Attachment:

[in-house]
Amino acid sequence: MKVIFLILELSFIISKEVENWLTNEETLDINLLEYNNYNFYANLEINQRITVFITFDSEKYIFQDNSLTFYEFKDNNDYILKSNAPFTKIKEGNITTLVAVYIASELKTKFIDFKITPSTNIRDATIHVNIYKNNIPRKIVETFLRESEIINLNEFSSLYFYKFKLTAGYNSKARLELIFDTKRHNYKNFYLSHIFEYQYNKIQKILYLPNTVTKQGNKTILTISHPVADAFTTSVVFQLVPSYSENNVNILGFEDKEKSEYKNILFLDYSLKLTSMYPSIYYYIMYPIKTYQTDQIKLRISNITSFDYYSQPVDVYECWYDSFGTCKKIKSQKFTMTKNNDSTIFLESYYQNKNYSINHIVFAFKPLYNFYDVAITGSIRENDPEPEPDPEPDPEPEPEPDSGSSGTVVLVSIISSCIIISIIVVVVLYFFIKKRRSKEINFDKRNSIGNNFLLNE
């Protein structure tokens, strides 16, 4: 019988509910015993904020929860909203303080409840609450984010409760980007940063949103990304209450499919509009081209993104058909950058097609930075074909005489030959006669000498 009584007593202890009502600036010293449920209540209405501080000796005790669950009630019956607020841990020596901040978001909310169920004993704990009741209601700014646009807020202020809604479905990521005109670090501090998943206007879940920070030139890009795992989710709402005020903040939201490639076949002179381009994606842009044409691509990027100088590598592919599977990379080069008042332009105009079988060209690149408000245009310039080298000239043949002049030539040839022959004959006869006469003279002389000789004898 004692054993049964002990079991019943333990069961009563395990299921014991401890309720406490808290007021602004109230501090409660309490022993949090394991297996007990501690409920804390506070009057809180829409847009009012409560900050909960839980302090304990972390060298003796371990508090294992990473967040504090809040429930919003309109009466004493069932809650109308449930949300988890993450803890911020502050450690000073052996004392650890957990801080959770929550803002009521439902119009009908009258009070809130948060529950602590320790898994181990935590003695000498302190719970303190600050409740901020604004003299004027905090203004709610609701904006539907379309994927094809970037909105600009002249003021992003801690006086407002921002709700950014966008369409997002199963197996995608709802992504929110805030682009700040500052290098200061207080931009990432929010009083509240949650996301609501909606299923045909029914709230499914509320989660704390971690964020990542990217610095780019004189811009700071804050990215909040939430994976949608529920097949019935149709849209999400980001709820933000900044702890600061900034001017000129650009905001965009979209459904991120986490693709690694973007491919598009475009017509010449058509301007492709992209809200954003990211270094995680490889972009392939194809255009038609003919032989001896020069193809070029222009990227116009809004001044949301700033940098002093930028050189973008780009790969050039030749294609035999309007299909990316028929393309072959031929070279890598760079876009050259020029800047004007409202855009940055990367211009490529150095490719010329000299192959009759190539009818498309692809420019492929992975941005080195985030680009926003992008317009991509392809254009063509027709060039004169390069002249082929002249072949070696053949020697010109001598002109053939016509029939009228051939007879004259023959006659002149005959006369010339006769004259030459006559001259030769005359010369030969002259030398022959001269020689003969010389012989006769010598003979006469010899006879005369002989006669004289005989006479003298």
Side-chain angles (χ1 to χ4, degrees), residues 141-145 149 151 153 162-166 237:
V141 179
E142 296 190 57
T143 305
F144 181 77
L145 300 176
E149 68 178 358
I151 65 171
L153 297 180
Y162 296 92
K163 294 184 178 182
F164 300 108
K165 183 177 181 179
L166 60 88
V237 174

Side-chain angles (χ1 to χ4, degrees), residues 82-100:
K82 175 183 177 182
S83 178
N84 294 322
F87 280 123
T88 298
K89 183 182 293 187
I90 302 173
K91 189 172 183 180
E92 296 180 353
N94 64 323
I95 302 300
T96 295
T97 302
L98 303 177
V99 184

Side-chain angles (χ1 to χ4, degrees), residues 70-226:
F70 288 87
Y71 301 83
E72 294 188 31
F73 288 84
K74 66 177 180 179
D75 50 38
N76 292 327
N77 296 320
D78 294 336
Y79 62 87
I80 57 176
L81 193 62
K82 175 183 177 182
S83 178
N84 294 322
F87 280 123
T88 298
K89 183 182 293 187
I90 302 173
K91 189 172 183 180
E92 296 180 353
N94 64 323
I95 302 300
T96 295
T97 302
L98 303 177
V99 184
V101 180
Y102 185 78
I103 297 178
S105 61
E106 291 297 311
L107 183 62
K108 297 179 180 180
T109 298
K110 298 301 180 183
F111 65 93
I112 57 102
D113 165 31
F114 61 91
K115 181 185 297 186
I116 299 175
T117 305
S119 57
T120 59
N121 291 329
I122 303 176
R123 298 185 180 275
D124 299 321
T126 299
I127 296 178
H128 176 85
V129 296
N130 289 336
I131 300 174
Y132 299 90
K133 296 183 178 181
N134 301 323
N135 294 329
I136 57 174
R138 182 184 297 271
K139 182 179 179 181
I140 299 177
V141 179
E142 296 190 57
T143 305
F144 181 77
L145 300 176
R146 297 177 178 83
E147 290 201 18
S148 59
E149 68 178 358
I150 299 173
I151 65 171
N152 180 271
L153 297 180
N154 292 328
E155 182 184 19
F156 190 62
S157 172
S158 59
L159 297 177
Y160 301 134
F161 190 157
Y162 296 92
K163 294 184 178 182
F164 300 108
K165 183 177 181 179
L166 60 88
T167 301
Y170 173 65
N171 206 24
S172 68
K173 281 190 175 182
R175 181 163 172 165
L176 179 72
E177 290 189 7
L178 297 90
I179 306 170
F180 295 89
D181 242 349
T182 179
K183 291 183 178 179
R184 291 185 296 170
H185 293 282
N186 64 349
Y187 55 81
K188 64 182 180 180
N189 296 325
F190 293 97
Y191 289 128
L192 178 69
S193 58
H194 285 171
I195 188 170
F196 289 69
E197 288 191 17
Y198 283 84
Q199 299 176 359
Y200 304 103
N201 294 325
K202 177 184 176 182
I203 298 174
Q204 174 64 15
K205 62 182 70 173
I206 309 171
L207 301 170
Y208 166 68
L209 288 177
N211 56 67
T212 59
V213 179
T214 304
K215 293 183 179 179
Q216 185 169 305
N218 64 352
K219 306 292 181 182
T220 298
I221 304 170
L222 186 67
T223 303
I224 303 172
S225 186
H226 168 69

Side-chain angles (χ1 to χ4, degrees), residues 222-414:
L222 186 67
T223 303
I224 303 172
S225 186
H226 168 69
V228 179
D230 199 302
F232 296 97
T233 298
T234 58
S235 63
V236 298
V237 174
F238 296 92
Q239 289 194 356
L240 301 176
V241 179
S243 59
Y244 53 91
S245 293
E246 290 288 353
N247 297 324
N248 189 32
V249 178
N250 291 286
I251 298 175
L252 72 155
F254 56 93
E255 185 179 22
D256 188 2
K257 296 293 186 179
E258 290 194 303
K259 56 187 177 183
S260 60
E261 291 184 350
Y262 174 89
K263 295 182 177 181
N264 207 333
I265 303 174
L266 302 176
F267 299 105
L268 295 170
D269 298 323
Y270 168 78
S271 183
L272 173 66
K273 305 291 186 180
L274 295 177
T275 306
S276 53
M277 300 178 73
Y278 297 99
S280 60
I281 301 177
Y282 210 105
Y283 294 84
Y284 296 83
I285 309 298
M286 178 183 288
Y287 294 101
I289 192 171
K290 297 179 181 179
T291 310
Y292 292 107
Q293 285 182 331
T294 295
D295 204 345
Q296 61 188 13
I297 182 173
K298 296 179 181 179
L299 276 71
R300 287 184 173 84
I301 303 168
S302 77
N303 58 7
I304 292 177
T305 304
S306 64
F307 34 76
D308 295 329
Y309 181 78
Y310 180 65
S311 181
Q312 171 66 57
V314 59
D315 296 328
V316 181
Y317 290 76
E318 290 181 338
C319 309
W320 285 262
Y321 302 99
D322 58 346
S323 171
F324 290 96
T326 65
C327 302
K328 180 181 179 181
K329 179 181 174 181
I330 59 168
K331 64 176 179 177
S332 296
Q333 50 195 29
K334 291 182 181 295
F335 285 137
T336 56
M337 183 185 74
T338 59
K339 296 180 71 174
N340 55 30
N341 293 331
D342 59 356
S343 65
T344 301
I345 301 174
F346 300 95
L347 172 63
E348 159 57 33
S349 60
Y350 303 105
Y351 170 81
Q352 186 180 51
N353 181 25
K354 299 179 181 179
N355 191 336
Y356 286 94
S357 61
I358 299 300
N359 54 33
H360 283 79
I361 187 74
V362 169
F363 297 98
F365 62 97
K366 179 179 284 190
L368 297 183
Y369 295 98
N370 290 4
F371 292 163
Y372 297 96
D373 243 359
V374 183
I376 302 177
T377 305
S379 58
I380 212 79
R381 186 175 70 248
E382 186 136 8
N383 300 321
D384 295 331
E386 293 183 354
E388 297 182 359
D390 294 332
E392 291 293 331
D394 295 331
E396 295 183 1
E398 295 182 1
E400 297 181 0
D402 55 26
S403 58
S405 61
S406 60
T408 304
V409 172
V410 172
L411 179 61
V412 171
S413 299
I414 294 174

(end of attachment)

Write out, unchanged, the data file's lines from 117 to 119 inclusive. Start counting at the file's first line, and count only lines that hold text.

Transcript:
L159 297 177
Y160 301 134
F161 190 157